This included that median age in the four regions varied from 23 to 27 with 61 to 80% being <30 years and 7% to 30% were TGW.

By the same categorisation, of the 52 incident HIV infections, 44 were <30 years old (11 vs 33; HR: 0.32; 95%CI: 0.16 to 0.63), 9 were TGW (2 vs 7; HR 0.29; 95% CI: 0.06 to 1.41) and 19 were black (4 vs 15; HR 0.28, 95%CI: 0.10 to 0.83), all CAB-LA vs TDF/FTC respectively.

Across regions, the HR ranged from 0.19 (95% CI: 0.07 to 0.56) in the US to 0.54 (95% CI: 0.20 to 1.46) in Latin America for CAB-LA vs TDF/FTC respectively.

CAB-LA was also significantly more effective than TDF/FTC in gay men (HR 0.34; 95%CI: 0.17 t0.67) and US region (HR: 0.19; 95%CI: 0.07 to 0.56).

The presentation also reported by sub-populations on retention at 12 months (overall 86%, similar across groups), side effects (generally injection site reactions, slightly higher in African-Americans) and new sexually transmitted infections (generally slightly higher in younger participants). For more details please see webcast and slides.

Further information is available form the HPTN website, including a community webinar with 30-minute Q&A sessions. [5, 6]


These results are important in providing clear data to support a new option for PrEP in gay men and that included 12% transgender women.

They show high acceptability within a research setting to include and retain people from groups who are at high risk of HIV but often underrepresented in studies, including a high proportion who were younger and black.

Overall, CAB-LA was superior to oral TDF/FTC, with the better results likely due to suboptimal adherence to oral TDF/FTC. However, in the context of perfect adherence, TDF/FTC is already effectively 100%, so further analyses are needed on drug resistance and drug levels to understand cause of the five infections linked to CAB-LA. Either way, these are tiny numbers in a study this size.

Results from the related HPTN 084 study are expected within a year. This study with a similar design is being run in women at 20 sites in 7 high-incidence countries: South Africa, Botswana, Uganda, Kenya, Malawi, Eswatini, and Zimbabwe. Although it started a year later, the results are needed for regulatory submission to include women. [7]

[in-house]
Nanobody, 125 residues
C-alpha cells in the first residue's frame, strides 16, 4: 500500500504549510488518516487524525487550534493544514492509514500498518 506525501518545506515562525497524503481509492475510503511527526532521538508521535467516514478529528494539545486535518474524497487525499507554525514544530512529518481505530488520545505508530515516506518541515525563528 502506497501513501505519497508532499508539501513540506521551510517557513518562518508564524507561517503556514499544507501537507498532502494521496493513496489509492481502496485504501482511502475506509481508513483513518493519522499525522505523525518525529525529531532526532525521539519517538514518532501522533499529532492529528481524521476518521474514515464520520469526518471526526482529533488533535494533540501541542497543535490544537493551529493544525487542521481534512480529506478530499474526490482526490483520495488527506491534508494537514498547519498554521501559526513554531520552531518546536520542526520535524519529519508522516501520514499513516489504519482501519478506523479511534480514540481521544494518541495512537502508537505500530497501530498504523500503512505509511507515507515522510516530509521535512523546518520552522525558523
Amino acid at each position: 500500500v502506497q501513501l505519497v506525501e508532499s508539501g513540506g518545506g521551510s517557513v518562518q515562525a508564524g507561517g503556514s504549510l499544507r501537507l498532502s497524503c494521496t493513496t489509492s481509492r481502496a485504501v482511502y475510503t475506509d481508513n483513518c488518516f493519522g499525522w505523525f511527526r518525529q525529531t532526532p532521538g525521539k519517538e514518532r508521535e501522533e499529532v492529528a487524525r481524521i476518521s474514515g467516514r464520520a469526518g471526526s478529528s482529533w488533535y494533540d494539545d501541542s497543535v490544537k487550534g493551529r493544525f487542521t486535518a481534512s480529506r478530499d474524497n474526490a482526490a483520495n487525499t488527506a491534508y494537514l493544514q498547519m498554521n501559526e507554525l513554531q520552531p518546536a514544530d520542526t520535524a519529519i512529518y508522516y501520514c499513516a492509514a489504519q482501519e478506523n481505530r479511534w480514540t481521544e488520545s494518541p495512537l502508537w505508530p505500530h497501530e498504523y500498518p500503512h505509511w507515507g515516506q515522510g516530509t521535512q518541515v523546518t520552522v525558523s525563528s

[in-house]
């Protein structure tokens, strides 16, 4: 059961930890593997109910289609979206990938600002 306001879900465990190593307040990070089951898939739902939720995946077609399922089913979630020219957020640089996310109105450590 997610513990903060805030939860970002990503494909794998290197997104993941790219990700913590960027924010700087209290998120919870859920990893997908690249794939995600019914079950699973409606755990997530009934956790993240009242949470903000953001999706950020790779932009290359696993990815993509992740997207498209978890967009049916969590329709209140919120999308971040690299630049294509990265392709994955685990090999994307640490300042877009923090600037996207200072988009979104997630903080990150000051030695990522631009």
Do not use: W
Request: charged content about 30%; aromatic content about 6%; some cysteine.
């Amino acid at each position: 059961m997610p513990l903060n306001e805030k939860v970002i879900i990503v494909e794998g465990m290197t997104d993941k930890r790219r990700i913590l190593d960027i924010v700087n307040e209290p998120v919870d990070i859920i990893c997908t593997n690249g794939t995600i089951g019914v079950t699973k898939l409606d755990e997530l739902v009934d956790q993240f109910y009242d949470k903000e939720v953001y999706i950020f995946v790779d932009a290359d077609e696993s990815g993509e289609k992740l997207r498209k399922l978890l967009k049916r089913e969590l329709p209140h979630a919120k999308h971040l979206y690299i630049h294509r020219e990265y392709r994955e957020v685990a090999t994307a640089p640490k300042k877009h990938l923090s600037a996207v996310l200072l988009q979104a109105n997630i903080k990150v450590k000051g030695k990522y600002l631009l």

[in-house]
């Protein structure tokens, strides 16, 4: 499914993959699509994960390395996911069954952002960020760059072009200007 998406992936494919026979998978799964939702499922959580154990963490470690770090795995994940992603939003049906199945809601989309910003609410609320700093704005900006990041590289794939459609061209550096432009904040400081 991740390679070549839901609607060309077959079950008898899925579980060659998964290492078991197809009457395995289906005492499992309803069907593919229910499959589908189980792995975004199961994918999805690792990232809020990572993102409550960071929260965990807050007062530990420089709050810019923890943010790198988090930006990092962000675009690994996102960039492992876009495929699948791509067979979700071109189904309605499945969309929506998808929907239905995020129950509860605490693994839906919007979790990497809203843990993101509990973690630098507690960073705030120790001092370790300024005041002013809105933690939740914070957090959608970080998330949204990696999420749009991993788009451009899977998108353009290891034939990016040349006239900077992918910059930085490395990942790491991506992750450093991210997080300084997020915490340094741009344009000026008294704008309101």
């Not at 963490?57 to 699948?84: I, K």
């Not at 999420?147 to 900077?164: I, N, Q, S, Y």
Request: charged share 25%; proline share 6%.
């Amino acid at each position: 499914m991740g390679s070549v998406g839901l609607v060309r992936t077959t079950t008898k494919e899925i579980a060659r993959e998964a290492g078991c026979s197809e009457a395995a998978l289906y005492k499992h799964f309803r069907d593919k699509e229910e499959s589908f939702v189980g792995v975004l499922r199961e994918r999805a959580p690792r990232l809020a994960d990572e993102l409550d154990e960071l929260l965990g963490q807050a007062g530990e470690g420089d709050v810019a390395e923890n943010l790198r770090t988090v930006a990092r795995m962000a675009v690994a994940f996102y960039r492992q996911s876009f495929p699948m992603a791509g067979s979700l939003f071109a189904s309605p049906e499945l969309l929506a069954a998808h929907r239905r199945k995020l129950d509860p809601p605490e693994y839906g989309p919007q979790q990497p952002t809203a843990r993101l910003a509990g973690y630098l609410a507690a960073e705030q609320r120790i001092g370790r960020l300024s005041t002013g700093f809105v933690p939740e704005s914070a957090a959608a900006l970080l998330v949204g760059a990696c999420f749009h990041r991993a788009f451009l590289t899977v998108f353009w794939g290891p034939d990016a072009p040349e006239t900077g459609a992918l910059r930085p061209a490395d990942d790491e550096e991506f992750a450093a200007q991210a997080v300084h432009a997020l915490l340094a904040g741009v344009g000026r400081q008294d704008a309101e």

A late-breaker poster at AIDS2020 from ViiV looked at implementation barriers among health workers for injectable ART. [8]

Results from a macaque study reporting on penile protection from cabotegravir were also just published in JID (1 August 2020). [9]


  1. Landovitz R et al. HPTN083 interim results: Pre-exposure prophylaxis (PrEP) containing long-acting injectable cabotegravir (CAB-LA) is safe and highly effective for cisgender men and transgender women who have sex with men (MSM, TGW). Late breaker oral abstract OAXLB0101. (webcast) (slides)
  2. Grinsztejn B et al. HPTN 083 interim results: Efficacy of pre-exposure prophylaxis (PrEP) containing long-acting injectable cabotegravir (CAB-LA) is maintained across regions and key populations. AIDS2020, Late breaker oral abstract OACLB0101. (webcast)
  3. Cabotegravir long-acting injections prevent HIV as PrEP. HTB (1 June 2020).
  4. HPTN press release. Long-acting injectable cabotegravir is highly effective for the prevention of HIV infection in cisgender men and transgender women who have sex with men. (18 May 2020).
  5. HPTN website.
  6. HPTN 083. Post-AIDS2020 webinar, includes 30 minutes Q&A. (webcast).
  7. HPTN 084. A Phase 3 double blind safety and efficacy study of long-acting injectable cabotegravir compared to daily oral TDF/FTC for pre-exposure prophylaxis in HIV-uninfected women. (HTPN website) (
  8. CzarnogorskiM et al. Perceived implementation barriers decrease during initial stages of the first implementation science hybrid III study (CUSTOMIZE) of cabotegravir and rilpivirine long-acting (CAB+RPV LA) in US healthcare settings: Healthcare team perspective. AIDS2020, late breaker poster abstract LBPEE42.
  9. Dobard C et al. Long-acting cabotegravir protects macaques against repeated penile simian-human immunodeficiency virus exposures. Journal of Infectious Diseases222(3):391–395. DOI: 10.1093/infdis/jiaa095. (1 August 2020).